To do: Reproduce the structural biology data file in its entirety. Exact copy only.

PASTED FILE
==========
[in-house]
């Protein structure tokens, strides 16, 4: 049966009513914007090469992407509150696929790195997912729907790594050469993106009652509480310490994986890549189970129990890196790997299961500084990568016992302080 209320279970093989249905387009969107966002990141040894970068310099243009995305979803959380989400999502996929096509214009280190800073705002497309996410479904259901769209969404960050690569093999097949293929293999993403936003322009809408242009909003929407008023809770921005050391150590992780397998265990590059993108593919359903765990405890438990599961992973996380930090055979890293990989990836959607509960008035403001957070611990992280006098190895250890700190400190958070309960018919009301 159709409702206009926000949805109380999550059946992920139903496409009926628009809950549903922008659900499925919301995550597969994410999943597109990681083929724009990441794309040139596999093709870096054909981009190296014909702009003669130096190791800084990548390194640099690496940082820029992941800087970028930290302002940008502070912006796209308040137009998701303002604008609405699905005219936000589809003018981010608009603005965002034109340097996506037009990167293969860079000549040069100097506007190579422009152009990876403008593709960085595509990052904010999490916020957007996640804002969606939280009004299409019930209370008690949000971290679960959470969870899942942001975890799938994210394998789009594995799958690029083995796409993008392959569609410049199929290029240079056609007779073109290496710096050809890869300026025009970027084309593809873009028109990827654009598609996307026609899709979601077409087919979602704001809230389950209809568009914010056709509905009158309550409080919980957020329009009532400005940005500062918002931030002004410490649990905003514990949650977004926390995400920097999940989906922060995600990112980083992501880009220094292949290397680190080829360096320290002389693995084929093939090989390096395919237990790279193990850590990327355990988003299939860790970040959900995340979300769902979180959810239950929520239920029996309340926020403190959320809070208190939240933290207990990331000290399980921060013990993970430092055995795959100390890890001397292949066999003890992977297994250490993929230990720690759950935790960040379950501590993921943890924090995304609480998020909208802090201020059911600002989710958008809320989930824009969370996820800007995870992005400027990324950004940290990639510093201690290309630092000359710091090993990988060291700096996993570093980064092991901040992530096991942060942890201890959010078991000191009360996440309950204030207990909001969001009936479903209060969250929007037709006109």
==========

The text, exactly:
[in-house]
């Protein structure tokens, strides 16, 4: 049966009513914007090469992407509150696929790195997912729907790594050469993106009652509480310490994986890549189970129990890196790997299961500084990568016992302080 209320279970093989249905387009969107966002990141040894970068310099243009995305979803959380989400999502996929096509214009280190800073705002497309996410479904259901769209969404960050690569093999097949293929293999993403936003322009809408242009909003929407008023809770921005050391150590992780397998265990590059993108593919359903765990405890438990599961992973996380930090055979890293990989990836959607509960008035403001957070611990992280006098190895250890700190400190958070309960018919009301 159709409702206009926000949805109380999550059946992920139903496409009926628009809950549903922008659900499925919301995550597969994410999943597109990681083929724009990441794309040139596999093709870096054909981009190296014909702009003669130096190791800084990548390194640099690496940082820029992941800087970028930290302002940008502070912006796209308040137009998701303002604008609405699905005219936000589809003018981010608009603005965002034109340097996506037009990167293969860079000549040069100097506007190579422009152009990876403008593709960085595509990052904010999490916020957007996640804002969606939280009004299409019930209370008690949000971290679960959470969870899942942001975890799938994210394998789009594995799958690029083995796409993008392959569609410049199929290029240079056609007779073109290496710096050809890869300026025009970027084309593809873009028109990827654009598609996307026609899709979601077409087919979602704001809230389950209809568009914010056709509905009158309550409080919980957020329009009532400005940005500062918002931030002004410490649990905003514990949650977004926390995400920097999940989906922060995600990112980083992501880009220094292949290397680190080829360096320290002389693995084929093939090989390096395919237990790279193990850590990327355990988003299939860790970040959900995340979300769902979180959810239950929520239920029996309340926020403190959320809070208190939240933290207990990331000290399980921060013990993970430092055995795959100390890890001397292949066999003890992977297994250490993929230990720690759950935790960040379950501590993921943890924090995304609480998020909208802090201020059911600002989710958008809320989930824009969370996820800007995870992005400027990324950004940290990639510093201690290309630092000359710091090993990988060291700096996993570093980064092991901040992530096991942060942890201890959010078991000191009360996440309950204030207990909001969001009936479903209060969250929007037709006109």